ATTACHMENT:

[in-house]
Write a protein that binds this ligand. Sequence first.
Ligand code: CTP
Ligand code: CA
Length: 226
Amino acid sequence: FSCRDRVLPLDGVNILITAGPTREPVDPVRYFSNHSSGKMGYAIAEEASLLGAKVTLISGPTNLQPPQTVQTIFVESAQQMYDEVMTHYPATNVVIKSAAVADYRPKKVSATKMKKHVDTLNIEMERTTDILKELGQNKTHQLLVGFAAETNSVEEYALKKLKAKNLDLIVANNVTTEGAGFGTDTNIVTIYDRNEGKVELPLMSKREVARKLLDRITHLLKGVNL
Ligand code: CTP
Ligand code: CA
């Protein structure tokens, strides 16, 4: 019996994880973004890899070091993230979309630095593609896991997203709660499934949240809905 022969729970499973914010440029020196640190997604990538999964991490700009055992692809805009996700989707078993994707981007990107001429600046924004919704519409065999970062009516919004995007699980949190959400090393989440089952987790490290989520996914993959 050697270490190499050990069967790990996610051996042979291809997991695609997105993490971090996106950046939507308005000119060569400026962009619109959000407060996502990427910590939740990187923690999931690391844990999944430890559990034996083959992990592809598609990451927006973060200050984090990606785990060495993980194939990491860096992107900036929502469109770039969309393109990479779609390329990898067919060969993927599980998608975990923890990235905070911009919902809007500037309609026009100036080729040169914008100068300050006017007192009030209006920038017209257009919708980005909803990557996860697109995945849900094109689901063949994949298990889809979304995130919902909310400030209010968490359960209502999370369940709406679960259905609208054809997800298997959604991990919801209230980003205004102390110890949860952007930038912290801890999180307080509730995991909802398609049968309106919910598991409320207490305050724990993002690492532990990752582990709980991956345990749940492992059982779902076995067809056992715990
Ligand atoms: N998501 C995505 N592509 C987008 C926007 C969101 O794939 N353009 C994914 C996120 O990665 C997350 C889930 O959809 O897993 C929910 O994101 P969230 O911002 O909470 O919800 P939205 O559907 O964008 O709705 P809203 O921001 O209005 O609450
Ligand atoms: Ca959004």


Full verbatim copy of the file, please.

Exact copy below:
[in-house]
Write a protein that binds this ligand. Sequence first.
Ligand code: CTP
Ligand code: CA
Length: 226
Amino acid sequence: FSCRDRVLPLDGVNILITAGPTREPVDPVRYFSNHSSGKMGYAIAEEASLLGAKVTLISGPTNLQPPQTVQTIFVESAQQMYDEVMTHYPATNVVIKSAAVADYRPKKVSATKMKKHVDTLNIEMERTTDILKELGQNKTHQLLVGFAAETNSVEEYALKKLKAKNLDLIVANNVTTEGAGFGTDTNIVTIYDRNEGKVELPLMSKREVARKLLDRITHLLKGVNL
Ligand code: CTP
Ligand code: CA
């Protein structure tokens, strides 16, 4: 019996994880973004890899070091993230979309630095593609896991997203709660499934949240809905 022969729970499973914010440029020196640190997604990538999964991490700009055992692809805009996700989707078993994707981007990107001429600046924004919704519409065999970062009516919004995007699980949190959400090393989440089952987790490290989520996914993959 050697270490190499050990069967790990996610051996042979291809997991695609997105993490971090996106950046939507308005000119060569400026962009619109959000407060996502990427910590939740990187923690999931690391844990999944430890559990034996083959992990592809598609990451927006973060200050984090990606785990060495993980194939990491860096992107900036929502469109770039969309393109990479779609390329990898067919060969993927599980998608975990923890990235905070911009919902809007500037309609026009100036080729040169914008100068300050006017007192009030209006920038017209257009919708980005909803990557996860697109995945849900094109689901063949994949298990889809979304995130919902909310400030209010968490359960209502999370369940709406679960259905609208054809997800298997959604991990919801209230980003205004102390110890949860952007930038912290801890999180307080509730995991909802398609049968309106919910598991409320207490305050724990993002690492532990990752582990709980991956345990749940492992059982779902076995067809056992715990
Ligand atoms: N998501 C995505 N592509 C987008 C926007 C969101 O794939 N353009 C994914 C996120 O990665 C997350 C889930 O959809 O897993 C929910 O994101 P969230 O911002 O909470 O919800 P939205 O559907 O964008 O709705 P809203 O921001 O209005 O609450
Ligand atoms: Ca959004």